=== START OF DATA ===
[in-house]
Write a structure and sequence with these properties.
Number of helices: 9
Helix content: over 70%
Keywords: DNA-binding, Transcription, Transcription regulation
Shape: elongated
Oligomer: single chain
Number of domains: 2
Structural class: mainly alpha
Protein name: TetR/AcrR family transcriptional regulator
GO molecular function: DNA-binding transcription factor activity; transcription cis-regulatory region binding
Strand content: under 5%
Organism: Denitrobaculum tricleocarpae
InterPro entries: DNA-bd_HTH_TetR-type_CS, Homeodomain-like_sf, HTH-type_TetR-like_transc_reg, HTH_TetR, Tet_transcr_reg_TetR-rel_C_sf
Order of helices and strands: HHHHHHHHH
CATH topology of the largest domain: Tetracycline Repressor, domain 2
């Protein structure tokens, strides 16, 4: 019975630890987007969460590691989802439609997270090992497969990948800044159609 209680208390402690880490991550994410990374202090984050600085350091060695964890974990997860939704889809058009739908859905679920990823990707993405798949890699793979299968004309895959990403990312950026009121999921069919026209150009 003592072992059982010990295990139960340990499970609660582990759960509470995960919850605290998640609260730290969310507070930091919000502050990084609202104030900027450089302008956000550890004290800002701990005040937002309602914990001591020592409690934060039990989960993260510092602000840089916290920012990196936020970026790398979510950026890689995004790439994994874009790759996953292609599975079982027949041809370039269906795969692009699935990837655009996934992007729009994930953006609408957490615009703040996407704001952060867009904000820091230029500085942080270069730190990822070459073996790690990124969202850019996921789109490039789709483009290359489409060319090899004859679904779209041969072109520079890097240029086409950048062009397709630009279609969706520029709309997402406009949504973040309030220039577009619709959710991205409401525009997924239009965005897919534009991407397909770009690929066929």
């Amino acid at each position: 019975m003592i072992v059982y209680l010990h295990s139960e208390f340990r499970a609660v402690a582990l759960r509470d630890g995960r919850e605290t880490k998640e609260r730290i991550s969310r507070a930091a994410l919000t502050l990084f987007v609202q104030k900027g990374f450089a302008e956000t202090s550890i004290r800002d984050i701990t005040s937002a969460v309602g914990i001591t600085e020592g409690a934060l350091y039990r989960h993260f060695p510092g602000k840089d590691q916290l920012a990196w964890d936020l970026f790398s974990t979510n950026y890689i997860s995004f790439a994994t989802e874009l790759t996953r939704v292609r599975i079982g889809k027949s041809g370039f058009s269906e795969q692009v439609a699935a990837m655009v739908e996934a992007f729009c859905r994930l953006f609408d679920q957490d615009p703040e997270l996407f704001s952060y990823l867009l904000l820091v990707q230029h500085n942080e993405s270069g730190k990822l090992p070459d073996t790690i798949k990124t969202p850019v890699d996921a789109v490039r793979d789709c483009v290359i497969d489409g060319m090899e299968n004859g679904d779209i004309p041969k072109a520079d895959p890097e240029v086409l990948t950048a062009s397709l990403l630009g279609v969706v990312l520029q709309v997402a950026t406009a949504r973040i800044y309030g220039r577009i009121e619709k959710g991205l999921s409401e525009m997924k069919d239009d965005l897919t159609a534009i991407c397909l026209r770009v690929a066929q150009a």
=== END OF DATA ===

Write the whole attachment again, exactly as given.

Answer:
[in-house]
Write a structure and sequence with these properties.
Number of helices: 9
Helix content: over 70%
Keywords: DNA-binding, Transcription, Transcription regulation
Shape: elongated
Oligomer: single chain
Number of domains: 2
Structural class: mainly alpha
Protein name: TetR/AcrR family transcriptional regulator
GO molecular function: DNA-binding transcription factor activity; transcription cis-regulatory region binding
Strand content: under 5%
Organism: Denitrobaculum tricleocarpae
InterPro entries: DNA-bd_HTH_TetR-type_CS, Homeodomain-like_sf, HTH-type_TetR-like_transc_reg, HTH_TetR, Tet_transcr_reg_TetR-rel_C_sf
Order of helices and strands: HHHHHHHHH
CATH topology of the largest domain: Tetracycline Repressor, domain 2
């Protein structure tokens, strides 16, 4: 019975630890987007969460590691989802439609997270090992497969990948800044159609 209680208390402690880490991550994410990374202090984050600085350091060695964890974990997860939704889809058009739908859905679920990823990707993405798949890699793979299968004309895959990403990312950026009121999921069919026209150009 003592072992059982010990295990139960340990499970609660582990759960509470995960919850605290998640609260730290969310507070930091919000502050990084609202104030900027450089302008956000550890004290800002701990005040937002309602914990001591020592409690934060039990989960993260510092602000840089916290920012990196936020970026790398979510950026890689995004790439994994874009790759996953292609599975079982027949041809370039269906795969692009699935990837655009996934992007729009994930953006609408957490615009703040996407704001952060867009904000820091230029500085942080270069730190990822070459073996790690990124969202850019996921789109490039789709483009290359489409060319090899004859679904779209041969072109520079890097240029086409950048062009397709630009279609969706520029709309997402406009949504973040309030220039577009619709959710991205409401525009997924239009965005897919534009991407397909770009690929066929």
């Amino acid at each position: 019975m003592i072992v059982y209680l010990h295990s139960e208390f340990r499970a609660v402690a582990l759960r509470d630890g995960r919850e605290t880490k998640e609260r730290i991550s969310r507070a930091a994410l919000t502050l990084f987007v609202q104030k900027g990374f450089a302008e956000t202090s550890i004290r800002d984050i701990t005040s937002a969460v309602g914990i001591t600085e020592g409690a934060l350091y039990r989960h993260f060695p510092g602000k840089d590691q916290l920012a990196w964890d936020l970026f790398s974990t979510n950026y890689i997860s995004f790439a994994t989802e874009l790759t996953r939704v292609r599975i079982g889809k027949s041809g370039f058009s269906e795969q692009v439609a699935a990837m655009v739908e996934a992007f729009c859905r994930l953006f609408d679920q957490d615009p703040e997270l996407f704001s952060y990823l867009l904000l820091v990707q230029h500085n942080e993405s270069g730190k990822l090992p070459d073996t790690i798949k990124t969202p850019v890699d996921a789109v490039r793979d789709c483009v290359i497969d489409g060319m090899e299968n004859g679904d779209i004309p041969k072109a520079d895959p890097e240029v086409l990948t950048a062009s397709l990403l630009g279609v969706v990312l520029q709309v997402a950026t406009a949504r973040i800044y309030g220039r577009i009121e619709k959710g991205l999921s409401e525009m997924k069919d239009d965005l897919t159609a534009i991407c397909l026209r770009v690929a066929q150009a």